“The root idea of Sabbath is simple as rain falling, basic as breathing. It’s that all living things – and many nonliving things too – thrive only by an ample measure of stillness.” (p. 60)
“There are two main things that make Sabbath an invented country, a place we read about but never get to. One is busyness. The other is legalism.” (p. 106).
“Sabbath-keeping is more art than science. It is more poetry than arithmetic. It is something we get a knack for more than memorize procedures about. It is like a painting: done by numbers, it comes off stiff and blotchy. But done with discipline and imagination, it both captures and enhances life.” (p. 111)
“I submit this as Sabbath’s golden rule: cease from what is necessary. Embrace that which gives life.” (p. 129)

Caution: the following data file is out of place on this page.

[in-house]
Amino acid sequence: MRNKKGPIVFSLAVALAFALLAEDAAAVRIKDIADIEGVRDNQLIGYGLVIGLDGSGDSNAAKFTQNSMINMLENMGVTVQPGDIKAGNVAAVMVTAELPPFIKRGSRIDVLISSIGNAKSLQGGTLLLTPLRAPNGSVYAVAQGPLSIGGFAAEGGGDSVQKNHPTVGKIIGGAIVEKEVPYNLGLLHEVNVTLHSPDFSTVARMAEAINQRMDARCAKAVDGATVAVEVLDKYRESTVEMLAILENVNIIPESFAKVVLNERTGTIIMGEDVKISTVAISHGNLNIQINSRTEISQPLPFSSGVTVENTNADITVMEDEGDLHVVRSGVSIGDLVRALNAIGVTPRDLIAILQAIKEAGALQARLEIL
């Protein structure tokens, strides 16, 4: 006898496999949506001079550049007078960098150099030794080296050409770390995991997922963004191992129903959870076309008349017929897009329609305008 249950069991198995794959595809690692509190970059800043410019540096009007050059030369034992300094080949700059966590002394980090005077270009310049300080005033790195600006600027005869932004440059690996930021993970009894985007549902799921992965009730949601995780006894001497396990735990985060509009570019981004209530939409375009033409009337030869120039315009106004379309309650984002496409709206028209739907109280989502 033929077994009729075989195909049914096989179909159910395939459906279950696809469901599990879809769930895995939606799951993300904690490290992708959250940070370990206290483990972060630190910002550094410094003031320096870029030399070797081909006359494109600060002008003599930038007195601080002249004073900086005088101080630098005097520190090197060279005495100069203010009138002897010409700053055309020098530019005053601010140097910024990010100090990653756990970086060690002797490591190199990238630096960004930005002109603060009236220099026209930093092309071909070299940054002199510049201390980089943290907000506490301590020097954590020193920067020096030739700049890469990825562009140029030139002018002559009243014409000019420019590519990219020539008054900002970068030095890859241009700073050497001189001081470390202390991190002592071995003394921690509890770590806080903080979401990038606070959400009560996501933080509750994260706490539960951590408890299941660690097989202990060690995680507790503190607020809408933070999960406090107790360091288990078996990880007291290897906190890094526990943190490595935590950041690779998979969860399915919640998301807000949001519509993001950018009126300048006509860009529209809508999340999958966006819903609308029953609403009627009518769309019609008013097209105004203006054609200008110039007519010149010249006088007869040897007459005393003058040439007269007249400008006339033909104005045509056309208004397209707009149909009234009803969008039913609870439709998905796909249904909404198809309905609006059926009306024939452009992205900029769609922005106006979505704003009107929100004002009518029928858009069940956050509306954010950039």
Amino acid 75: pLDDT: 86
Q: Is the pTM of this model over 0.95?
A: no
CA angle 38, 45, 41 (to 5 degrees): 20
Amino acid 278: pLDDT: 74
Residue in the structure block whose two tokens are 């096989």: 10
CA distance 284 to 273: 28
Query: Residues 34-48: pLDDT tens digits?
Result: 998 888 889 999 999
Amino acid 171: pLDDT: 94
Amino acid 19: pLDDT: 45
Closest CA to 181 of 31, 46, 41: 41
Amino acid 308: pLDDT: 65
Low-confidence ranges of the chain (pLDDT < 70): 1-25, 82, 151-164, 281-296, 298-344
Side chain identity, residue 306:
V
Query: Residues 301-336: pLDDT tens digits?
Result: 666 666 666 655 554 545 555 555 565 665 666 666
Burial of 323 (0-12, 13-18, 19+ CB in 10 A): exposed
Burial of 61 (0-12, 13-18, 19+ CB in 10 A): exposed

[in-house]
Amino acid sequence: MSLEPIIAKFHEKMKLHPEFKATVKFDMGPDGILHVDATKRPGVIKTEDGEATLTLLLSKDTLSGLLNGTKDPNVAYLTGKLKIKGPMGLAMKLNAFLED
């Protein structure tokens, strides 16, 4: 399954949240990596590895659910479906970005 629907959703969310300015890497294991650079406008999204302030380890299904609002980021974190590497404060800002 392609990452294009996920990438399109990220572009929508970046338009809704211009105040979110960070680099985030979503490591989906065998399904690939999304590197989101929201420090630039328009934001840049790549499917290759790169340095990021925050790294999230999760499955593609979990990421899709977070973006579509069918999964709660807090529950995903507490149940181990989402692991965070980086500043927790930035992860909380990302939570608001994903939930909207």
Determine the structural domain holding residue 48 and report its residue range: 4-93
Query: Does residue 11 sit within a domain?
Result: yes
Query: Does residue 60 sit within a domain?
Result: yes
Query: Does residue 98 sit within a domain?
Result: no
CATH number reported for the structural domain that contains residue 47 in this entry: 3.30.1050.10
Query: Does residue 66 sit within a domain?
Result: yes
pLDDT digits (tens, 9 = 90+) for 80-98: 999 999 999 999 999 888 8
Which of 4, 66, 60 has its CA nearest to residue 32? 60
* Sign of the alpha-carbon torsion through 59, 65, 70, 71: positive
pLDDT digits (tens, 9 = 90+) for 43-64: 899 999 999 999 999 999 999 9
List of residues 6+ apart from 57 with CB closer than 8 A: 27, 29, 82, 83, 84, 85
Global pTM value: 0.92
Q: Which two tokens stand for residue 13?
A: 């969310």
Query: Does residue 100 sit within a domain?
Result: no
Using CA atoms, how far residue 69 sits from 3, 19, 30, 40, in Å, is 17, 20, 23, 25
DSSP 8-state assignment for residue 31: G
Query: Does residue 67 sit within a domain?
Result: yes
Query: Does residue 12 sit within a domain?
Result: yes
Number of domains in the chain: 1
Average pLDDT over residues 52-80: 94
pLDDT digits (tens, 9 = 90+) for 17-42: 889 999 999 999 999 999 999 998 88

“If there’s one god of the age that Christians especially pay homage to, it’s the god of utility…. Everything we do we seek to justify on the grounds of its usefulness....What’s missing is a theology of play. There are many things – eating ice cream, diving off cliffs, sleeping in Saturday mornings, learning bird calls, watching movies – that can’t be shoehorned into a utilitarian scheme… but they might make us feel more alive, more ourselves, and that’s useful enough.” (pp. 138-139)
“Jesus’ Sabbath-keeping always looked, to his enemies, like Sabbath breaking… he was simply fulfilling the day’s true intent.
“'The Sabbath,’ Jesus said, ‘was made for man, not man for the Sabbath.’ (Mark 2:27)
“And that, actually, is all we need to know to keep the Sabbath holy. This day was made for us. God gave it to you and me for our sake, for our benefit, for our strengthening and our replenishment.” (p. 219)
> Listen to Dale Flanders' sermon Restless, largely based on this book.